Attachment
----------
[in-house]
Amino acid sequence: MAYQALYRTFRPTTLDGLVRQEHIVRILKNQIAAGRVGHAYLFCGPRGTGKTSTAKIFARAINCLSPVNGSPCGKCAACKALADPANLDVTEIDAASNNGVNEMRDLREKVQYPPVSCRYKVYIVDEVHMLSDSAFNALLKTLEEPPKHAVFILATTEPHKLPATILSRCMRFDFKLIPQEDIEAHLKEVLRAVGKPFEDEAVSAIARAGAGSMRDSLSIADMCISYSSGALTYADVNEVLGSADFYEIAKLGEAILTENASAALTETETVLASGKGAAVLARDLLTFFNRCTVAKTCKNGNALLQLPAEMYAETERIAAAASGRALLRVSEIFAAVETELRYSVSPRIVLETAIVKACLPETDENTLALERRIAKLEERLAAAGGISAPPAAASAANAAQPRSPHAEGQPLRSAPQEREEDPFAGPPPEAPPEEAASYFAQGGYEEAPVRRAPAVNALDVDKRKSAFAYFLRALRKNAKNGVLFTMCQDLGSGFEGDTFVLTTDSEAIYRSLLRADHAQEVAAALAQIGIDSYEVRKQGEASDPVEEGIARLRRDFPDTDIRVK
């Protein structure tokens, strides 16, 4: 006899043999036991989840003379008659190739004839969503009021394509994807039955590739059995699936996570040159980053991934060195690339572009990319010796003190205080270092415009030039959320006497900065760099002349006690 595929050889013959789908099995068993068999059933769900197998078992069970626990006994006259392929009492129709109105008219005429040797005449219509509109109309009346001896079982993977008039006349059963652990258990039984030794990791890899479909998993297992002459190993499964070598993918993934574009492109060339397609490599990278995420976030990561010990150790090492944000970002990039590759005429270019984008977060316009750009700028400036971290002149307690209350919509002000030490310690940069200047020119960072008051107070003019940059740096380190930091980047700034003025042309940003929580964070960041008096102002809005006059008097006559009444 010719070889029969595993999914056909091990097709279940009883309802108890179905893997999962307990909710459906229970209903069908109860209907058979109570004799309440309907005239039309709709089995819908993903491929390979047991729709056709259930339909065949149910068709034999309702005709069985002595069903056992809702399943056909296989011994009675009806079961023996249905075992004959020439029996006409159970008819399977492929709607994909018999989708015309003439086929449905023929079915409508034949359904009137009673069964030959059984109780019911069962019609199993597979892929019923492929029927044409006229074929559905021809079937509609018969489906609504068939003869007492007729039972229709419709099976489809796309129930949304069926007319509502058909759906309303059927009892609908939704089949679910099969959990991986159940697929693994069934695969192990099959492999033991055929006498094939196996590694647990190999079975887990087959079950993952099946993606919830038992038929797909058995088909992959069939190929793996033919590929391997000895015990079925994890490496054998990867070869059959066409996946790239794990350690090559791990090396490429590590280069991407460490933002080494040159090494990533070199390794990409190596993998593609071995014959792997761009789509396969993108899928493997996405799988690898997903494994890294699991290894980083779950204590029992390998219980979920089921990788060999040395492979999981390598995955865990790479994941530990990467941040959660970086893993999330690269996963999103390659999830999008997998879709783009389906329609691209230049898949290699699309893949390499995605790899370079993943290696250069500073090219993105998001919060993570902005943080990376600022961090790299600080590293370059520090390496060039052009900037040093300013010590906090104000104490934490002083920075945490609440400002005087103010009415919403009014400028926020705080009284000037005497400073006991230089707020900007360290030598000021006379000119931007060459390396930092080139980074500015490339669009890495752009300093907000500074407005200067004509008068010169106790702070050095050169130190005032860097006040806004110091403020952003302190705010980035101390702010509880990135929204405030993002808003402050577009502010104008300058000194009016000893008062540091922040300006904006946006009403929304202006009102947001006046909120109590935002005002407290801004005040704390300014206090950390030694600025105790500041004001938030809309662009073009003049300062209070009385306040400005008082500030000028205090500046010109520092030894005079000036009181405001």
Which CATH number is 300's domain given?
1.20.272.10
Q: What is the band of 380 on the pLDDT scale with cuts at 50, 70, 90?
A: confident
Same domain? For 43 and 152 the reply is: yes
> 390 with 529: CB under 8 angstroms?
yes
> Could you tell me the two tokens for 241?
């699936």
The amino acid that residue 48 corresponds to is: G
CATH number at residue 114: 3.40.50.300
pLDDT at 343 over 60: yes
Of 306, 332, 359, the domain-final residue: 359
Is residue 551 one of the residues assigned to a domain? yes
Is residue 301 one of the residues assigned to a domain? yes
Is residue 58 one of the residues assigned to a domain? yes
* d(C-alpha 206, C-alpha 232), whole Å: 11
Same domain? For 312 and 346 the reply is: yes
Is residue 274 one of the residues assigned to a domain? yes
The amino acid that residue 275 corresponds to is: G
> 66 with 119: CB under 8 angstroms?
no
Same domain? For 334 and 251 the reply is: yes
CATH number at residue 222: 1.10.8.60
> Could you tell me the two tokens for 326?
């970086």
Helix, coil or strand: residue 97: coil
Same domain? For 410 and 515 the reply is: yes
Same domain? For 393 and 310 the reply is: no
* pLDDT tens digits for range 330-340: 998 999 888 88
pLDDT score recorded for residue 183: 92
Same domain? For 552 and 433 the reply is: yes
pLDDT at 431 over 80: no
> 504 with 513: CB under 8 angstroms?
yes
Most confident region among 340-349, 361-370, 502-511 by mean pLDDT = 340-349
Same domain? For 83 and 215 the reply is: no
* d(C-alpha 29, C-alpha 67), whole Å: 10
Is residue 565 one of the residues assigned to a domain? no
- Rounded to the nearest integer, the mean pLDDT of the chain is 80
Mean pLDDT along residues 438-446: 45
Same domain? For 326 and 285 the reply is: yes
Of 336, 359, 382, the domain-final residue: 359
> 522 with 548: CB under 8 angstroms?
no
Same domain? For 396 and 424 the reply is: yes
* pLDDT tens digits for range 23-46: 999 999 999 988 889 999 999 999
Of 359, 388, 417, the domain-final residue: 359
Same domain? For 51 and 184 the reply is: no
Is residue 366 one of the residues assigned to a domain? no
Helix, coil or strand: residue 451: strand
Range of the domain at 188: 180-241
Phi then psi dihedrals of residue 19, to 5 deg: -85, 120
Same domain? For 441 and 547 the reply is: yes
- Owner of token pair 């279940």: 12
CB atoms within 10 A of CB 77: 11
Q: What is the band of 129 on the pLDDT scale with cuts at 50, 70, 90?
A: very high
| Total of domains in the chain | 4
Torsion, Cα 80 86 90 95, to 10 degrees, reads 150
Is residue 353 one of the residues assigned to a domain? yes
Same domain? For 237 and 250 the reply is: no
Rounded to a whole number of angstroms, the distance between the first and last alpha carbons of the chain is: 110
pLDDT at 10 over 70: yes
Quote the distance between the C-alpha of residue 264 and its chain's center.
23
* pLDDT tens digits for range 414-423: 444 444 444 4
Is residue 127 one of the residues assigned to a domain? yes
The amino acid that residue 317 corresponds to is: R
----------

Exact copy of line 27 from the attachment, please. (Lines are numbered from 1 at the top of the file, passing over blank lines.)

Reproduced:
CATH number at residue 222: 1.10.8.60